Once I’d made the decision to enter Rhyl I realised I would have to train a bit harder. My longest run was about 9 miles and my longest rep was 3 minutes. So I started to stretch my training runs, got up to 11 miles before we went on holiday to Malaysia. I also upped my reps building up to 5 minute, 6 minute, 8 minute, 10 minute and finally two lots of 20 minute reps. That 20 minutes session was a tough one mentally but I knew it would help with the race.
Yes Malaysia, it really did get in the way a little bit….I love my running but I also know that it isn’t the be all and end all of my life and my fiancée will, hopefully, be part of my life long after running has abandoned me. So if she wants to go on holiday to exotic locations and take me with her, who am I to say no. My training was going great, three weeks before the race and we head off to Malaysia. Two days off training as we travelled via Doha and Kuala Lumpur to Penang. The first morning I was down to the beach to start my training. I knew it would be tough in the heat and humidity but I’d done it in Langkawi a couple of years earlier so I knew I could train hard. But the beach was unforgiving, it was very thin, very soft, and on a camber. Great strength work for anyone but I wanted to achieve flowing speed in my runs and this really wasn’t suitable. I covered about three miles, sinking, slipping and sliding all the way, it was worse than cross country at Boggart Hole Clough. The next morning I was on the treadmill and after a 39 minute 10k I was off it again, my calf muscles had reacted badly and were stiffening up. I hobbled to breakfast and for the rest of the day. The following morning I was back on the treadmill, 200m later I was off, my calf muscles couldn’t take it. I hopped onto a cross trainer, which at least gave me a workout. Cross trainer the next day and then a day off, we were heading off early on a trip and I probably needed to give the calf muscles a break. Next day I was back running, loops of the car park, each loop took about 5 minutes, I did 6. Success, I was a bit slow but my calf muscles didn’t react negatively so I would continue running on the road for the rest of my holiday. I ran every morning on the roads by the hotel, they were relatively safe, one major road junction to survive and then just the odd moped rider on the wrong side and the rest were relatively quiet. Every day, as my muscles recovered, I got a little faster. With two days of the holiday to go I was starting to move at a good pace and then out of nowhere three dogs came charging at me, barking and snarling. As the first one snapped at my toes I did the expected, checked my watch, I was only 8 minutes into my run. Then I realised this wasn’t a particularly good situation to be in, I was in a street full of houses so it was unlikely that these were wild dogs, but a bite from one of them would still require a visit to the hospital and I still had 32 minutes to run. Somehow a combination of shouting and some nifty footwork extricated me from a bad situation and I was soon on my way, agreeing with a local who pointed out that the dogs were chasing me. Luckily my persistence was stronger than theirs and a few houses on they stopped and returned to laying on the ground licking their genitals, whilst I continued on my run. The last day I couldn’t face risking crossing the junction or spending hours in hospital so I ran 7 loops of the car park and only nearly got run over once. That was it training done, we were off home the next day.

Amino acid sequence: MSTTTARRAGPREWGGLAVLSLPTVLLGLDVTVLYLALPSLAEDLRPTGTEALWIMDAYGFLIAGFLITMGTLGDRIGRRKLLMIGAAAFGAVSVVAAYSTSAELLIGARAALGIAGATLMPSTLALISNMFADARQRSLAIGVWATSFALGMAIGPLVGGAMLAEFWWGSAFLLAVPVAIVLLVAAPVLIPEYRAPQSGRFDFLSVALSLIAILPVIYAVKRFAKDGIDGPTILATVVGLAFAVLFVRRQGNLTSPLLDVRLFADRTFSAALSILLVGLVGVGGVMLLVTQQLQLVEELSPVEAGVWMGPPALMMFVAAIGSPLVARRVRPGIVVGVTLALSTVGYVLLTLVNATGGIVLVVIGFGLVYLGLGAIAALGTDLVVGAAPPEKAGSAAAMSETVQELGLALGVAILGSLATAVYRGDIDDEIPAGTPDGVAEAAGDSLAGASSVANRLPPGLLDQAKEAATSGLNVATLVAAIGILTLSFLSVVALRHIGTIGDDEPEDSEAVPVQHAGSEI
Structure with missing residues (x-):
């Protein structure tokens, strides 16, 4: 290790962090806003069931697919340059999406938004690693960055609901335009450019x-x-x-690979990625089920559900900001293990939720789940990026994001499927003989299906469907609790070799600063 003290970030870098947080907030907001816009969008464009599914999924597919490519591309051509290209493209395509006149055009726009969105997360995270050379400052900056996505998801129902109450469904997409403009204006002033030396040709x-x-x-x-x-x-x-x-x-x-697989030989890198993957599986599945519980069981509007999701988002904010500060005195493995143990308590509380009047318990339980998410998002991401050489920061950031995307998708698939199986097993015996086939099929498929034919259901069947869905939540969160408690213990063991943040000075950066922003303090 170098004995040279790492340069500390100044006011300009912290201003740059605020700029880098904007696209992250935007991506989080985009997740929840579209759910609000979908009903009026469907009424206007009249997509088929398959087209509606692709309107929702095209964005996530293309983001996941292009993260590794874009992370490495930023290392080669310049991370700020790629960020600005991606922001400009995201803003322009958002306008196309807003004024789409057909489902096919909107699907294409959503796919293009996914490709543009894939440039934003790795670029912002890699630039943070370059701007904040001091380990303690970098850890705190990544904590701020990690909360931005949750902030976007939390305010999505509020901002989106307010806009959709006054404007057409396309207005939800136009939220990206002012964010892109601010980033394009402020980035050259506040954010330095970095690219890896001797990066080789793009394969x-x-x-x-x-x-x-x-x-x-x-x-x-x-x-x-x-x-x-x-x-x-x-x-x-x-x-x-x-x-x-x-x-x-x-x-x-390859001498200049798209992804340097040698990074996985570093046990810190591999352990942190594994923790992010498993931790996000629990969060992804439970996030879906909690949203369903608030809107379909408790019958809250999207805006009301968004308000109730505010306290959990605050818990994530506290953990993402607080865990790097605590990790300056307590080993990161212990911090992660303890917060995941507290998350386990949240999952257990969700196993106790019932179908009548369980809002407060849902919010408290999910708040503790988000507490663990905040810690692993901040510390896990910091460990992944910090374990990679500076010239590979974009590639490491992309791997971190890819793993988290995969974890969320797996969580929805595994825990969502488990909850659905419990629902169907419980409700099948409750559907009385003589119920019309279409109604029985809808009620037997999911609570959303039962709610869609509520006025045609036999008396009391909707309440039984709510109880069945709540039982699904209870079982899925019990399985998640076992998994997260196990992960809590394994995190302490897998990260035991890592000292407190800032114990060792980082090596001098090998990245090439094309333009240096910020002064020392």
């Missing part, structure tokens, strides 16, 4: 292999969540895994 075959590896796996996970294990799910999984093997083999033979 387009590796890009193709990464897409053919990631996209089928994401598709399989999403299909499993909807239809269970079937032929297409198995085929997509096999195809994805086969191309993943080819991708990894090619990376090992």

We arrived home at 5:30 in the morning on Friday, 8 days before the race. We were both completely exhausted but I decided I needed to get out there and run off the fatigue. It was so nice being back on familiar territory. The run did feel odd, but I’d done enough post night shift runs in my past to know that my body could take it and 8 miles later I felt good about my running. The following day I met up with my mate Rob Tudor and we did a session together, 8 x 5 minutes with 1 minute recovery. I still felt a bit washed out but it was a solid run and the day after I managed a nice paced 8 miler. I was going to gradually ease down for the race, on Monday I did 8 x 4 minutes with a minute recovery, 6 miles on Tuesday, 8 x 3 mins with 1 minute on Wednesday, 6 on Thursday and rest Friday. I couldn’t really gain much in that last week and I knew I wasn’t going to have a fantastic race but I would give it my best shot. I realistically expected to finish between 4th and 6th in my age group, though I was aiming for a medal and deep down I didn’t see why I couldn’t win my age group, if I could just pull something miraculous and surprising out of the bag (I’d done it before so never say never).